How to Prevent Carbon Monoxide Poisoning

Okay, I tried, but there is just no way to make carbon monoxide interesting. Read it anyway, because it’s good for you: you need to know this stuff. Like eating your vegetables. Every one of us encounters carbon monoxide on an almost daily basis, because it is ubiquitous and sneaky. We need to know where it comes from, how to avoid it, the symptoms it causes, and what to do if we or our children are exposed.

Carbon monoxide (CO: one carbon, one oxygen) is a colorless, odorless, tasteless, and initially nonirritating gas produced largely by partial oxygenation of carbon based fuels. Complete oxygenation would produce carbon dioxide (CO2), which we exhale every time we breathe. Plants use that to make us more oxygen.

CO can accumulate in poorly ventilated, enclosed areas. When we breathe in large amounts, the CO binds with the hemoglobin in our blood and forms carboxyhemoglobin. Carboxyhemoglobin circulates through our bloodstreams like the regular stuff, but it does not like to release its oxygen to our brains, hearts, muscles, and organs. We suffocate while still breathing the air around us.

Aristotle, who lived around 300 BC, was the first person to note that coal fumes led to “a heavy head and death.” In ancient times, it was one way criminals were killed: they were locked in a small room with smoldering coals.

It is thought that CO is to blame for some haunted houses: its accumulation can cause hallucinations, disorientation, and delirium.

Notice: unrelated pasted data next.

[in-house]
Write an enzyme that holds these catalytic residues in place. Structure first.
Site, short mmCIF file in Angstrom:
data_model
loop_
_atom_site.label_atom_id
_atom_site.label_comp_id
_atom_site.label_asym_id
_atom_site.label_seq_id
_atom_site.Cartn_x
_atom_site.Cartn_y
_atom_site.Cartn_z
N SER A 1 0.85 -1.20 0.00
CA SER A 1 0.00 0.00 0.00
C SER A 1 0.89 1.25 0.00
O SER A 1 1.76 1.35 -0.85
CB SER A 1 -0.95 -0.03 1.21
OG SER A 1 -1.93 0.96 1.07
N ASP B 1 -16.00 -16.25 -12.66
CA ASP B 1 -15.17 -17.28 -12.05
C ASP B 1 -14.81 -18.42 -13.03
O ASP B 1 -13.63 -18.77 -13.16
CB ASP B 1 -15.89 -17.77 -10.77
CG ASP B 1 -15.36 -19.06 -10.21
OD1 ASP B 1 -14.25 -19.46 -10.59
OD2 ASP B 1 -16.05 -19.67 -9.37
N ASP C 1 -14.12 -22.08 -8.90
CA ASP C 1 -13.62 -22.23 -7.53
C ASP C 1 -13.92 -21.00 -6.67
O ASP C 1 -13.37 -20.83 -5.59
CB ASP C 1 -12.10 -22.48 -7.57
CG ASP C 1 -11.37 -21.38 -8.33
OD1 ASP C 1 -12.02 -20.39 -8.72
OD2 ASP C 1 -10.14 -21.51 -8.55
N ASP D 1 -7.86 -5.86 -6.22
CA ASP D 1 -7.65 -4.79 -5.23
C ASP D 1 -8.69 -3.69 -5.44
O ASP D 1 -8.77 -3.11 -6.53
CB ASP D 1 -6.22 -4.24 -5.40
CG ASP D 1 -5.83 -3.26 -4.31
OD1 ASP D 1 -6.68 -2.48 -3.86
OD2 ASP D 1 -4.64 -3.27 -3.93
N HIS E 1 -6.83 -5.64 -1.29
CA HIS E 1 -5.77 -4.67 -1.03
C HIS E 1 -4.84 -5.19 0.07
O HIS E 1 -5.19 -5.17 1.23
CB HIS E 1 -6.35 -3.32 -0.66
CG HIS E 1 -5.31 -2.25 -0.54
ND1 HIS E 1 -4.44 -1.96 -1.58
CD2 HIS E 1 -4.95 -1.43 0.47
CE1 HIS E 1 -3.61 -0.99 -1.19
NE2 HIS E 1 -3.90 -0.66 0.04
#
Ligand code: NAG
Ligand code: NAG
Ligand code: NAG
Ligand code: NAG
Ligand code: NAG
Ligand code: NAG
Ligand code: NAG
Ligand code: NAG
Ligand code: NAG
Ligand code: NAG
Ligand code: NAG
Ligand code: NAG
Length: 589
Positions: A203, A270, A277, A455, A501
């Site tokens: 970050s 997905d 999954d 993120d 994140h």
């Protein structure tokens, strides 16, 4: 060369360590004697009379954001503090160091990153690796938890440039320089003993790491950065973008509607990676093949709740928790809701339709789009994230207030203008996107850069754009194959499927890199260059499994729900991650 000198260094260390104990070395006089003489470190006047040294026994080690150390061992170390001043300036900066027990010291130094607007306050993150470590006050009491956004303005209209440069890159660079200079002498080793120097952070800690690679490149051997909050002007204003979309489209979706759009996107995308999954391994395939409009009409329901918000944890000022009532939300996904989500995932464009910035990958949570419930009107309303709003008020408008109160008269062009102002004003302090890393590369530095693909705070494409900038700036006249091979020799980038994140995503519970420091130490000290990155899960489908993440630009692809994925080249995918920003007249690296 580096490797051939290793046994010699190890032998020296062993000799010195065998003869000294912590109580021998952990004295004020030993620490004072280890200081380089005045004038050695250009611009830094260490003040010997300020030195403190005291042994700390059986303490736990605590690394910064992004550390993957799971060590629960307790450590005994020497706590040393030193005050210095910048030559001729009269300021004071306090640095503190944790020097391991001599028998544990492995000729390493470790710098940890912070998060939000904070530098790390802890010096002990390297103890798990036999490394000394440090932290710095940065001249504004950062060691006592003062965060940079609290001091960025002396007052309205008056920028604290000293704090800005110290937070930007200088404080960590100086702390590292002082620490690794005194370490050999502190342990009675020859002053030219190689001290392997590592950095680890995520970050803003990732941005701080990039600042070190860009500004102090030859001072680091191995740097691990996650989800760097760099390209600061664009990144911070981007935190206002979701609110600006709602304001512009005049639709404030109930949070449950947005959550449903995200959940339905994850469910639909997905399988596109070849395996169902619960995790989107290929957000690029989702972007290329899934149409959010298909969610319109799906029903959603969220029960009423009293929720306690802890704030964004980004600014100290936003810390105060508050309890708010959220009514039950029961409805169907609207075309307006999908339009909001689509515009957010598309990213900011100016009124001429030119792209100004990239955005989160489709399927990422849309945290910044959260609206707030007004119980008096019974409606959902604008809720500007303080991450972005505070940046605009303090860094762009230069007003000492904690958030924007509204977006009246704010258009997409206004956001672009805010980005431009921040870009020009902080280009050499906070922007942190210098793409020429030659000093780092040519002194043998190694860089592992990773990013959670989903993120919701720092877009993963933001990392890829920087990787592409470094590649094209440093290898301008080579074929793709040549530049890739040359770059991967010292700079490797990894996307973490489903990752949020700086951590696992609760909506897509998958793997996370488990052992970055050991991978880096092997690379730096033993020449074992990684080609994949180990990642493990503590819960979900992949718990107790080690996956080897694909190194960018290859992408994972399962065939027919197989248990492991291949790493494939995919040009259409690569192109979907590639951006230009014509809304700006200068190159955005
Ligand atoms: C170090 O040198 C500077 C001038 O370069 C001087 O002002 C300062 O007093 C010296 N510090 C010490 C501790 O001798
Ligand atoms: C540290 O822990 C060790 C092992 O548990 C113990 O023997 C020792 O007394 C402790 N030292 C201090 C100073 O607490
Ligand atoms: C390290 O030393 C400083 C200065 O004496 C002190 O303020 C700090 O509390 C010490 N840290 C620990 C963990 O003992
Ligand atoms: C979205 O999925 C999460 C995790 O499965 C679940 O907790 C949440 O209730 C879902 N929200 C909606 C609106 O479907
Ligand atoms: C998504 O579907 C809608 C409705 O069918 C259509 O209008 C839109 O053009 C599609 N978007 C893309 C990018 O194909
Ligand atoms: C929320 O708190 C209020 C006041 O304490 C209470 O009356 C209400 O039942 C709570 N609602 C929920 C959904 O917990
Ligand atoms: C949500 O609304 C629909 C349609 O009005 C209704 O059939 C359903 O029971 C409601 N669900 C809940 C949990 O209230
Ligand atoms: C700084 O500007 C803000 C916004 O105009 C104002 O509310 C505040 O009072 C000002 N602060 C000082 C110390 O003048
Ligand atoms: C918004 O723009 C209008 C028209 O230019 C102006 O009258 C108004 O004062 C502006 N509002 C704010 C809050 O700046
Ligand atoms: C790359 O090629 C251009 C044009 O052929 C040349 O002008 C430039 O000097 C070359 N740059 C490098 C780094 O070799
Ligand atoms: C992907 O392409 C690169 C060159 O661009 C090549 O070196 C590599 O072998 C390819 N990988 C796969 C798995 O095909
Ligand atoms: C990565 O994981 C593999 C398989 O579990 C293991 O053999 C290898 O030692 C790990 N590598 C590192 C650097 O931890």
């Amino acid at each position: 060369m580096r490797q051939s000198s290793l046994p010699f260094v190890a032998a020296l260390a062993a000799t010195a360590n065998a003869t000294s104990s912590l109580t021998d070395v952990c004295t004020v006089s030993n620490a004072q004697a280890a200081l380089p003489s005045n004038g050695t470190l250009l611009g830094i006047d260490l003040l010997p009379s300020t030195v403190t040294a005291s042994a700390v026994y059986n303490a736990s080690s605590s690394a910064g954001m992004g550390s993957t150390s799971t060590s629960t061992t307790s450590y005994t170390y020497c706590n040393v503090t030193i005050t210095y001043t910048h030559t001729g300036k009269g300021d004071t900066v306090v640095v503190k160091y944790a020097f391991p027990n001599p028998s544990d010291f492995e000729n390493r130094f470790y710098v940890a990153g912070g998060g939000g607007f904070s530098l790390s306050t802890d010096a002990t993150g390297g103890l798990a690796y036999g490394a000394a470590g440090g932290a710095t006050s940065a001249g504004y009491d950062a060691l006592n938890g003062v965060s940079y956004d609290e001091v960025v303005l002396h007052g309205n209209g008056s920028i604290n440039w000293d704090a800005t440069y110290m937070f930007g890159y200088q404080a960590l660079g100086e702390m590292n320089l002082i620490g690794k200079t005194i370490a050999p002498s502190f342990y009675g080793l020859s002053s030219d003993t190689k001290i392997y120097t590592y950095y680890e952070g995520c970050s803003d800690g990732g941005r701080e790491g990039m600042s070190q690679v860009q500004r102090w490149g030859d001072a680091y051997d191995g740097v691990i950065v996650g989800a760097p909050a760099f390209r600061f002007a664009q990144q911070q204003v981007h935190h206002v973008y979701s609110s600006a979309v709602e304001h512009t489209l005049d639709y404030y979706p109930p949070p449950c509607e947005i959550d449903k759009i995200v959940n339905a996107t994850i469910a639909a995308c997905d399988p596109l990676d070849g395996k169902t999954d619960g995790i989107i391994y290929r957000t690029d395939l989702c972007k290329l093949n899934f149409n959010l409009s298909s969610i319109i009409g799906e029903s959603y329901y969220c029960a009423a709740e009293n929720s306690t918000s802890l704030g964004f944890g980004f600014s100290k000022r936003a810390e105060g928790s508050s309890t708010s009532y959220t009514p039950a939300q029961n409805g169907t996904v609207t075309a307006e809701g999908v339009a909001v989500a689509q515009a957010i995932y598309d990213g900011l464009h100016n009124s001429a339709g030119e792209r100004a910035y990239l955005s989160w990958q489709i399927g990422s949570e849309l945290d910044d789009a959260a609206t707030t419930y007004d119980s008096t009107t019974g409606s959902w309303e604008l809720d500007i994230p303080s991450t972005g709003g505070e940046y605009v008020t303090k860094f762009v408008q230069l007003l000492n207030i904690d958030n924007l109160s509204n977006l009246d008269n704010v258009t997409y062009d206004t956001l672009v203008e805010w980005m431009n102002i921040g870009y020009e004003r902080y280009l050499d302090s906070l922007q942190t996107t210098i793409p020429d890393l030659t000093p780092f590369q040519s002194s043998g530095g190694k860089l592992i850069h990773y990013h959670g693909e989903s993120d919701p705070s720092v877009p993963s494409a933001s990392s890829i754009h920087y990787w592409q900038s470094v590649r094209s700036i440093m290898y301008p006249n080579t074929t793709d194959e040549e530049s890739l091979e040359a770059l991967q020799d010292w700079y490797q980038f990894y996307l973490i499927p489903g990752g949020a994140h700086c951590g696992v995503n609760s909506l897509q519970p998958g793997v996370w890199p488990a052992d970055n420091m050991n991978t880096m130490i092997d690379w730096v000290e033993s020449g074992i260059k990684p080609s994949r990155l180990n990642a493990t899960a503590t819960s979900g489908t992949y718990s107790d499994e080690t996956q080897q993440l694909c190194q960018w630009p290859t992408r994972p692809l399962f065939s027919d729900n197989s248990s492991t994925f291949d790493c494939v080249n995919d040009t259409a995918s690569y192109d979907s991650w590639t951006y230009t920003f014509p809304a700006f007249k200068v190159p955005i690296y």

Oddly, a little CO can be a good thing: it is an anti-inflammatory, encourages growth of nerves and blood vessels, communicates between nerves, and may have some function in long term memory. Very little. Don’t go looking for it.

Statistics on CO poisoning vary significantly with who’s reporting them. It is considered to be the leading cause of poisoning injury and death worldwide. Poison help lines in the US report about 15,000 calls a year, with an estimated 70 deaths. Approximately 40,000 people seek medical care for exposures, and CO accounts for around 15,000 ER visits each year. The CDC estimates more than 500 deaths per year overall in the US, with the largest percentage being in the under 5 age group. More poisonings occur in the winter (gas heaters) and after disasters (generators).

CO is created by burning carbon-based fuels (wood, gasoline, diesel, propane, kerosene, lamp oil), by smoking (tobacco is a carbon based fuel), and by exposure to methylene chloride (degreasers, solvents, paint removers). Don’t smoke (so many reasons), and use degreasers, solvents and paint removers only in well-ventilated areas. Appliances that can produce CO need to be maintained, inspected annually, and well ventilated. Some of the most common ones are:

  • Forced air furnaces
  • Wood stoves/fireplaces (open that flume!)
  • Space heaters (non-electric)
  • Gas water heaters
  • Gas stoves
  • Gas dryers
  • Anything with a pilot light
  • Barbecues, Hibachis
  • Automobiles (never run them in an enclosed space!)
  • Generators
  • Fuel powered tools (if you put gas in it, don’t use it indoors)
  • Boats (don’t use those indoors either)

Symptoms of acute (not chronic) CO poisoning include effects on the brain (dizziness, headache, confusion, lethargy, drowsiness, irritability, irrational behavior), lungs (shortness of breath) and heart (palpitations, paleness). If exposure continues, loss of consciousness and death will follow.

Chronic exposure to lower levels of CO can result in headaches, depression, confusion, memory loss, nausea, and permanent neurologic damage.

Pregnant women, fetuses, and children are especially sensitive. As with most poisonings, children’s small bodies are more sensitive, their higher metabolic rate brings it into their bodies more quickly, and they don’t have the ability to escape.

People with lung, blood, or heart disease, like asthma or anemia, are also more susceptible.